Encounter To Faith: Part I

Hi Friends 😀

It’s the weekend yet again. I do hope that these few weeks into February have been good to you. I trust you’ve been trying to work at what you resolved to do at the start of the year. Remember that you can and giving up is not an option. Continue trying and holding on! Well, enough about that, let’s get right on to today’s topic 😊.

In Proverbs 22:6 (NIV) it states that, “Train a child in a way he should go, and when he is old he will not turn from it.” However much we train our children in the right way, in the end, they choose their own path to pursue in life. You would expect that a child who is raised under privilege would make use of the opportunities presented to them, however, in most cases, you find that they think privilege entitles them to everything that most fail to work at anything. Likewise, a child who is raised under the Christian faith perhaps believes that by virtue of them having grown up going to church, participating in Sunday School, Bible Study and just being involved in prayer with family automatically makes them Christians. What we all fail to realize is that we each need to encounter God on a personal basis to actually build faith, follow Him, abide by His precepts, live a life worthy of Him and build that relationship with Him. In truth, we will not enter heaven through our family, each one will personally reiterate how and why they chose a particular path in life. So just because your family prays and they actually live a life worthy of Christ, that is not your ticket into heaven. Youve got to have that heart to heart conversation with God after which make an informed decision to build a relationship with Him and only then will you be able to get your own ticket. I learned a long time ago that you can never impose your opinions let alone your beliefs on any person and that in fact, you ought to respect whatever decision a person makes but the best thing you can do is pray for them and ask God that they see the right path and hopefully choose it one day. The best we can do is to teach our children all we can- right from wrong, good from bad and just instil morals that will best equip them to make sound decisions. That said, we also have to understand that external influences do exist and they play a certain role in who we eventually become especially the choices that we make pertaining to our lives. We think peer pressure only exists in our young years, but in actuality, it persists all through our lives. I think once you have found yourself, know what you stand for and are comfortable in who you are, only then does it become easier to not allow the complicated opinions and influence of others determine the choices that you make about your life.

My 17-year-old nephew came over for an overnight visit at our house on Monday and he told us a story which they had read in school that day. Honestly, the story wasnt what interested me but rather his interpretation of it and what it meant to him. After that conversation, his behaviour and the kind of young man he had become over the last few years made a whole lot of sense. Taming him has been quite a difficulty and getting him to focus on anything of importance has been met with great hostility. Instead, he has been engaging in worldly pleasures and not paying any respect to all the adults in his life that his behaviour has hugely jeopardized his academics as well as his relationship with most members of the family. Well, some might say, let him be, after all, boys will be boys whilst others might say he is a teenager, thats how they all are. With much respect to those opinions, I honestly beg to differ because not all boys behave the same way, similarly not all teenagers exhibit the same behaviour. I believe having that mentality of allowing people “be”, is the exact thing that makes them misbehave and be less inclined to taking accountability of anything because they hide behind these notions that we have created allowing them to “be” when in actual fact we are sanctioning their bad behaviour.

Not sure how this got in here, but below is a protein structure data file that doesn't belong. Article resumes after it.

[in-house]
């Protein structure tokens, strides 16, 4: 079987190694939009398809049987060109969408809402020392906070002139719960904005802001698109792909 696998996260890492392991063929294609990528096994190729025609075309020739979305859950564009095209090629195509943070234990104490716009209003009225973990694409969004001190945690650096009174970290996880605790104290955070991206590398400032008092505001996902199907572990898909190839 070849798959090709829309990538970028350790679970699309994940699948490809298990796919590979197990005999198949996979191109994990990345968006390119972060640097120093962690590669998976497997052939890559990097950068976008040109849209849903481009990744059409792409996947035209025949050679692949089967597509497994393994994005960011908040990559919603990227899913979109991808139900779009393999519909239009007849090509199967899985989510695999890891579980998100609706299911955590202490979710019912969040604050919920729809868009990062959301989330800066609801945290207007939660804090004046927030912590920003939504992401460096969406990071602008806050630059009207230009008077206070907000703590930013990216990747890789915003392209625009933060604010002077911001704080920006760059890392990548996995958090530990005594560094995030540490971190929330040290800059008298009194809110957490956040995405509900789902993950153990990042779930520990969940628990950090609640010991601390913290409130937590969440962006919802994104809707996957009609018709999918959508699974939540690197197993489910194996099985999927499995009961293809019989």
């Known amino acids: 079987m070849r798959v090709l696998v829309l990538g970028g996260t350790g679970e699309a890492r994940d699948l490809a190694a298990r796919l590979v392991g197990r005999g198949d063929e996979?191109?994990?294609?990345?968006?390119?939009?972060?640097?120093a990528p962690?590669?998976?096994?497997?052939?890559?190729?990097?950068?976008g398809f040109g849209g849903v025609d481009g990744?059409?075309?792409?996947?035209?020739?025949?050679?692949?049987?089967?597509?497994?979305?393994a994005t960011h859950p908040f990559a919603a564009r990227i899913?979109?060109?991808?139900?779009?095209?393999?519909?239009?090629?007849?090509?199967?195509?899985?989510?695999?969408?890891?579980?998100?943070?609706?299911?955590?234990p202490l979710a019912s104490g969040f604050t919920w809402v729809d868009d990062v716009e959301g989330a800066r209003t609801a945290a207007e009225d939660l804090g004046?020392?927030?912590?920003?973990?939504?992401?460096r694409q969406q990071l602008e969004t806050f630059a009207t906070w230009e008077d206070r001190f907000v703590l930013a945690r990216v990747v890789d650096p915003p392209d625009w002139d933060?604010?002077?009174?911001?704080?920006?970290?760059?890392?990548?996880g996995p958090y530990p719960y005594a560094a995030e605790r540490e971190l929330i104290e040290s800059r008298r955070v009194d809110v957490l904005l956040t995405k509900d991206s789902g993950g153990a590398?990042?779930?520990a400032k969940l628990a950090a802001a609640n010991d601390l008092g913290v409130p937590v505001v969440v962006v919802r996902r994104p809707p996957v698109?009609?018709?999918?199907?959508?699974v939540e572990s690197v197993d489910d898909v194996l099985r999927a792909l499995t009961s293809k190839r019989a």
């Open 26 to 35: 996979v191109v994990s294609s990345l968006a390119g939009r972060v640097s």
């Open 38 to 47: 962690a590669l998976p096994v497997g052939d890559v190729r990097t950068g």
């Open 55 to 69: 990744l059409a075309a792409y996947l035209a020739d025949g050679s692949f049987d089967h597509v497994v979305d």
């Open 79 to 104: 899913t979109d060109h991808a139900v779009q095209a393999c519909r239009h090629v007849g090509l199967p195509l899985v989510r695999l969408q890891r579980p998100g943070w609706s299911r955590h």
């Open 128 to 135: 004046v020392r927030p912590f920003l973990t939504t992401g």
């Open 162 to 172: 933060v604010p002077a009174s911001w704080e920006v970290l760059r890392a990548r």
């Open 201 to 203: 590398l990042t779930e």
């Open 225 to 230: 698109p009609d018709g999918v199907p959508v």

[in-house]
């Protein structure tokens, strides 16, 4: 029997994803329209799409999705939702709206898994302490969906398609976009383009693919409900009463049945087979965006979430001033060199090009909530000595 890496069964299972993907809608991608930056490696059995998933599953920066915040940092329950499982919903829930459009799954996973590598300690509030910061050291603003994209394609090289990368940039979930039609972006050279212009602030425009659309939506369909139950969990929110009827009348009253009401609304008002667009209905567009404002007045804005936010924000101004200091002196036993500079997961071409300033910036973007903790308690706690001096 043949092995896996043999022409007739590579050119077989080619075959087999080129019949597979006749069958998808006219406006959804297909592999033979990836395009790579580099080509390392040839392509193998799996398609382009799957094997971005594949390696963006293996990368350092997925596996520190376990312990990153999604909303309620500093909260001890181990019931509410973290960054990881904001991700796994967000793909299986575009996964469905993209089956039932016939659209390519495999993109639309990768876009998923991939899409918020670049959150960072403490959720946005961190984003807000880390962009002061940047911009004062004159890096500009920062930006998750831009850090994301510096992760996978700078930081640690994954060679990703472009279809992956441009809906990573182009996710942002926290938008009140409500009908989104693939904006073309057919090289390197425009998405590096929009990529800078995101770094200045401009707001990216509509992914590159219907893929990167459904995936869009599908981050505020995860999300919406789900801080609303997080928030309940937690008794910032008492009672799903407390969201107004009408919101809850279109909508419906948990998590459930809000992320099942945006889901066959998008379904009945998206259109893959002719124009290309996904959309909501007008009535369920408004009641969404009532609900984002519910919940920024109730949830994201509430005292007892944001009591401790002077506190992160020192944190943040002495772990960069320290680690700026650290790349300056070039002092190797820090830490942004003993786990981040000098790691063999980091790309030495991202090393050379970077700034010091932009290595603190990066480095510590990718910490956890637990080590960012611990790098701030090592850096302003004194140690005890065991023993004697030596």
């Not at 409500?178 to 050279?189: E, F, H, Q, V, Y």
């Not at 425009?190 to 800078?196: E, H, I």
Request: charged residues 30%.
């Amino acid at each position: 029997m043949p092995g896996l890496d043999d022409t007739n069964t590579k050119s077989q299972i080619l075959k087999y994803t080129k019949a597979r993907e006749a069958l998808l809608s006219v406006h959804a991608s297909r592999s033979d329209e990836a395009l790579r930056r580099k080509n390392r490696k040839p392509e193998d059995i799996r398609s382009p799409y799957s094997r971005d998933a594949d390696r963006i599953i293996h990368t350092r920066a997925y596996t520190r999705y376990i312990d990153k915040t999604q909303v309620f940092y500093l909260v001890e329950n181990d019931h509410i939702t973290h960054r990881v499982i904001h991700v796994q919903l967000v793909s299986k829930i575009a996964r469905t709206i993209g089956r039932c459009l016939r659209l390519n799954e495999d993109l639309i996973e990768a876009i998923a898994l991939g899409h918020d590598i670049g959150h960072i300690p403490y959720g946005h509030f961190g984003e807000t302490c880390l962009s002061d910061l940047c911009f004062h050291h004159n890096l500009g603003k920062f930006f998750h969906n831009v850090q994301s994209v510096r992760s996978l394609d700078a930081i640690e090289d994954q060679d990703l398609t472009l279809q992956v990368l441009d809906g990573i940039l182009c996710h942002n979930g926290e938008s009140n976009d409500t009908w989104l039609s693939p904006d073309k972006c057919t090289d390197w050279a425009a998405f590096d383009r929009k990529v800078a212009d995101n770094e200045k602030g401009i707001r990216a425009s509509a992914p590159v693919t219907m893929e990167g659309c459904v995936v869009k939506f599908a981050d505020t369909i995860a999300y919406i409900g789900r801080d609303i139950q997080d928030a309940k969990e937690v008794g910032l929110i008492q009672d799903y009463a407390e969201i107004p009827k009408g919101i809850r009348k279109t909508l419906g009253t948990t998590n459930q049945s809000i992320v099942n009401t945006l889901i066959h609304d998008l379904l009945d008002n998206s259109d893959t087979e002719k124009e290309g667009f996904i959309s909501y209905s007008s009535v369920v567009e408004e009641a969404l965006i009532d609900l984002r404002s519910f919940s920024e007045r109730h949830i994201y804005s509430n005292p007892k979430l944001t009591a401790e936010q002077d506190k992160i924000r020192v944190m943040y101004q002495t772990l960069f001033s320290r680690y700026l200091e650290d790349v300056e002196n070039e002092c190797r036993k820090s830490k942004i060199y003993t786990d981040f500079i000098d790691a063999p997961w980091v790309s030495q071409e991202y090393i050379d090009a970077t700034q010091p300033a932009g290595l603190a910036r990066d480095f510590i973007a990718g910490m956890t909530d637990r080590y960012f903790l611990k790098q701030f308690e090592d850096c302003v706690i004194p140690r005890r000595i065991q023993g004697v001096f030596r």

In any case, the story he shared was about a pastor who had given away everything that he had to make enough money to build a church. Once he had accomplished that, he continued to spread the gospel and won so many souls who eventually formed part of the congregation. Sadly, over time he became sick and the doctors informed him that he needed to have an operation to save his life which would cost him a 100K. Unfortunately for him, he did not have that amount of money, and that being the case, the church was informed of it in hope that they would help assist their pastor. So, during one Sunday service, a collection basket was set aside to raise the funds and the congregation gave generous offerings towards this. After the money was tallied, it was found that they had contributed an amount of 100K which was the exact sum of money needed by the pastor for his operation. Everyone was ecstatic about this news because it meant that their pastor would get his life-saving operation. It seemed they had celebrated way too soon because the head of the church board informed them that the money was not going towards the pastors medical aid, rather they would be giving only 1K towards him and the rest would go towards expanding the church. This information was met with mixed reactions from the parishioners; some attempted to dispute this by stating the importance of saving the pastor who had sacrificed a whole lot to make this place of worship, whilst others were supportive of the idea of expanding the church to enable its growth. Regardless of the opinions from the congregation, the head of the board maintained his stand and only gave away 1K toward medical aid for the pastor and they used the rest to build. Unfortunately, the pastor was unable to have the operation, so he passed away. After my nephew had wrapped up the story, we all didnt know what to say because of how poignant this story was but nothing could have prepared us for what he said next.